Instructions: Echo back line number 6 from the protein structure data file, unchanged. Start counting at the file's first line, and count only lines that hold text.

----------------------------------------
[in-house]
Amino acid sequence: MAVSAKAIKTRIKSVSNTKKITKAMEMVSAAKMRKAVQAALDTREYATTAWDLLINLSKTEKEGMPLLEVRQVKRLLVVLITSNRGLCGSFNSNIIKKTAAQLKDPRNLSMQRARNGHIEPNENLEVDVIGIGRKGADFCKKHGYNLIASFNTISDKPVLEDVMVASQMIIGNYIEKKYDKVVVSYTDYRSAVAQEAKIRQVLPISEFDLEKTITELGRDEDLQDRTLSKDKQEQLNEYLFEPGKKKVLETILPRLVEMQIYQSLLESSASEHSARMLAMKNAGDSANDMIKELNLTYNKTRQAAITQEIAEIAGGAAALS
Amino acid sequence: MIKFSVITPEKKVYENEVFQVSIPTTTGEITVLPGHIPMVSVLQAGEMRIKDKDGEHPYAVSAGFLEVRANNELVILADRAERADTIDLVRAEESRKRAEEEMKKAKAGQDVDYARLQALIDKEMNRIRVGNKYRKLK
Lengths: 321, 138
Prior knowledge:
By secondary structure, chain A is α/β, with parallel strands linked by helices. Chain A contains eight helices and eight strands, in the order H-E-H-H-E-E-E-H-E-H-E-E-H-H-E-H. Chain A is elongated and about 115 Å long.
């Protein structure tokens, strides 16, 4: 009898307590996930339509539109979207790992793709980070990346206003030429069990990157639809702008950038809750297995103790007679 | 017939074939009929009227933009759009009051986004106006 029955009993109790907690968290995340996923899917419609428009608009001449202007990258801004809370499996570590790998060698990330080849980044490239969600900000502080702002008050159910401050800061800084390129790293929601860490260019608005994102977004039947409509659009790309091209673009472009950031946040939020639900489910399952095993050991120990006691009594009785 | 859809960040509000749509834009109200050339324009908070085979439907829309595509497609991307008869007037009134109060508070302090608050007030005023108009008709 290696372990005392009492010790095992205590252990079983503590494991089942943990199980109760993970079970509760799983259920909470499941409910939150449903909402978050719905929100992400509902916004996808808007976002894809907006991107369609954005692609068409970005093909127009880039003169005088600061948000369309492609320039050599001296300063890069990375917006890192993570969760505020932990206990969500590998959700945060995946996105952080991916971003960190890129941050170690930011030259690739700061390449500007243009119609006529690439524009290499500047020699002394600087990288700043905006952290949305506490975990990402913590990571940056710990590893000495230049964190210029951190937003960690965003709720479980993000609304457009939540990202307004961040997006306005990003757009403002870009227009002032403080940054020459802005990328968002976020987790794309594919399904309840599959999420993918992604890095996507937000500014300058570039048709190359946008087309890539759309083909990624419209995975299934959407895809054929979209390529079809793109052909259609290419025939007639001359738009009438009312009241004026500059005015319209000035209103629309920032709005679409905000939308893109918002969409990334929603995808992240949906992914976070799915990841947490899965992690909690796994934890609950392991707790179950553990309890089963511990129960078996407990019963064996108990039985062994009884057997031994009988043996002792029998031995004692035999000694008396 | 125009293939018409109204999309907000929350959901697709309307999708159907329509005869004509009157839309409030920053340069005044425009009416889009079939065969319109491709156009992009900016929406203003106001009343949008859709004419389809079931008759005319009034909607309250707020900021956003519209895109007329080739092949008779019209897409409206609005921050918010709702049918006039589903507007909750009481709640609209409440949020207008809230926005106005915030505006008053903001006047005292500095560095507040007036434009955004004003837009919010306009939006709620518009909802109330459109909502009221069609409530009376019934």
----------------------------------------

By secondary structure, chain A is α/β, with parallel strands linked by helices. Chain A contains eight helices and eight strands, in the order H-E-H-H-E-E-E-H-E-H-E-E-H-H-E-H. Chain A is elongated and about 115 Å long.